He said the field tools that the company has been building are based on adding sensors and data management that will let producers manage the way their machinery interacts with the soil and produces more opportunities to create the margins that make them sustainable.
"Measure, optimize and report," he said.
"We have a grain business (related to grain handling). But we also have a protein production business. And everything we are building for precision agriculture in the field, we taking to our protein business and helping protein producers," said Hansotia.
"As people show more and more care for animal welfare we want to provide solutions for farmers. Cage-free and those sorts of solutions. Maintain the productivity and the sustainability at the same time. Where those intersect, that is where we are building new tools," he said.
See and Spray herbicide application is an example of the company's smart machines. Green on brown and green on green solutions are a company focus for application technologies in the field.
Agco is working with Bosch's designs for high throughput recognition of weeds on bare soils, for burnoff or inter-row spraying, and merging it with BASF's plant recognition, identifying weeds among a growing crop, for post-emergent control. Finding an unwanted plant at speed in the field is one thing. Hitting it with a targeted application is another.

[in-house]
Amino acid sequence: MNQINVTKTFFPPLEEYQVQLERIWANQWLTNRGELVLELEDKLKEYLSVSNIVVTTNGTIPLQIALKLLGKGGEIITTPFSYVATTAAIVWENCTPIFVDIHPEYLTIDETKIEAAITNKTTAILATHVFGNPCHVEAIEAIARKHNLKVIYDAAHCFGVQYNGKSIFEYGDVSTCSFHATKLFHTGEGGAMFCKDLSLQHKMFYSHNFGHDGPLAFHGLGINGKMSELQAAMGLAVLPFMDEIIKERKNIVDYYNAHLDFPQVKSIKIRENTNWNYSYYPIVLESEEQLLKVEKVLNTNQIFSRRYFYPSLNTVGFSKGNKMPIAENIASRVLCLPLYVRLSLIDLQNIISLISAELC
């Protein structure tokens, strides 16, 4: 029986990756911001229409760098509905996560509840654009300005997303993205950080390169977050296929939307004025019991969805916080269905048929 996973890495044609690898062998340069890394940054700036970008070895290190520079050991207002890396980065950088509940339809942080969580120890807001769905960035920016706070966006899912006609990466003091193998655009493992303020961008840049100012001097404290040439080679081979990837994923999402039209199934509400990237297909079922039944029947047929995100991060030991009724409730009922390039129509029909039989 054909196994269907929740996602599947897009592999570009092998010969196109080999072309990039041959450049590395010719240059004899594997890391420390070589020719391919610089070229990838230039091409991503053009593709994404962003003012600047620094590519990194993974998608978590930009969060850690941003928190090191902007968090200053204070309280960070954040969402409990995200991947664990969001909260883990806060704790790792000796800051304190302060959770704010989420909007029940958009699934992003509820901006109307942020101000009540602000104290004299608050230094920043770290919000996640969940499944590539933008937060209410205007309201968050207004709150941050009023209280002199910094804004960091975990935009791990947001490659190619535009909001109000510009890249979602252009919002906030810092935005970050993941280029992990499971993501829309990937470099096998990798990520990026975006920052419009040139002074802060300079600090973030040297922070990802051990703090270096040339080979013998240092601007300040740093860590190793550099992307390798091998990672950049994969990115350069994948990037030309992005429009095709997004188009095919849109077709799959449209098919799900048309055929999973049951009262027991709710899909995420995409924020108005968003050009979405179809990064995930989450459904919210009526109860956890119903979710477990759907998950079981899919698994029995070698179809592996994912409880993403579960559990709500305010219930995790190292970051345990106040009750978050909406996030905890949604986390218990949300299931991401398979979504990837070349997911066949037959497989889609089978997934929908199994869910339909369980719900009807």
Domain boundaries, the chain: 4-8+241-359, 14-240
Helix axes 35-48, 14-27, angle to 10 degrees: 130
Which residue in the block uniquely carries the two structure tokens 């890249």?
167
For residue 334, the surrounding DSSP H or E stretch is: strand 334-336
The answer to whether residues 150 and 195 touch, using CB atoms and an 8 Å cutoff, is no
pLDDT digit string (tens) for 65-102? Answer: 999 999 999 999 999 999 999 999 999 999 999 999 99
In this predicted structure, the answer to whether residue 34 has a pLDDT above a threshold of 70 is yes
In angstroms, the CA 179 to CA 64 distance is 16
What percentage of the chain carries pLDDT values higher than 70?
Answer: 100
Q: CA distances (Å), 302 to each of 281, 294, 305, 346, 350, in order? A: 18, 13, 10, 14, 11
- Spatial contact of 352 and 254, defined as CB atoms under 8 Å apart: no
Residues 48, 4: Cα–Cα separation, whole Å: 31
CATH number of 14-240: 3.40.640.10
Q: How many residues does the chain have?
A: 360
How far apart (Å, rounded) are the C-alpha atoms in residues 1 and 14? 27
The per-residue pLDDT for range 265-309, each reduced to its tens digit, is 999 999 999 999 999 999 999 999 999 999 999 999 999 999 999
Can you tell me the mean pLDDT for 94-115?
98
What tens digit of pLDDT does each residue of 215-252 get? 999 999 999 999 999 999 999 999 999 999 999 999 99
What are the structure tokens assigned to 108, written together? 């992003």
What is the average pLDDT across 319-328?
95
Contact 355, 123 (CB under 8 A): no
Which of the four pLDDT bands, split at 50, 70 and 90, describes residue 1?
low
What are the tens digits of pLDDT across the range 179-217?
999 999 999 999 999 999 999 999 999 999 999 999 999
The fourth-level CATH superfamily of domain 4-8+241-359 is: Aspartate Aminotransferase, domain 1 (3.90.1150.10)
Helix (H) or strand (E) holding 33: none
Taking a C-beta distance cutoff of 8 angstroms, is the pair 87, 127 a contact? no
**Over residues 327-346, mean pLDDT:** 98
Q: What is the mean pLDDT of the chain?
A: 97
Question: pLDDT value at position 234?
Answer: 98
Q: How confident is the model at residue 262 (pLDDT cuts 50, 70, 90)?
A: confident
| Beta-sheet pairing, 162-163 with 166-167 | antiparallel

"Raven provides the pulse width modulation, high precision nozzles to reach the weed with the right application. At Agco we bring all that together with our user interface and Liquid Logic system and we build that whole machine that goes to the field and uses less chemical and is a smart farm machine," he says.
Once that sprayer reaches the market, it will join the other equipment Agco has deemed "smart machines" such as the self-adjusting Ideal combine, the Momentum planter and many of the company's tractors.
Those are Fendt-branded machines and Hansotia says that move inside the business will continue to grow and the new sprayer is part of that group.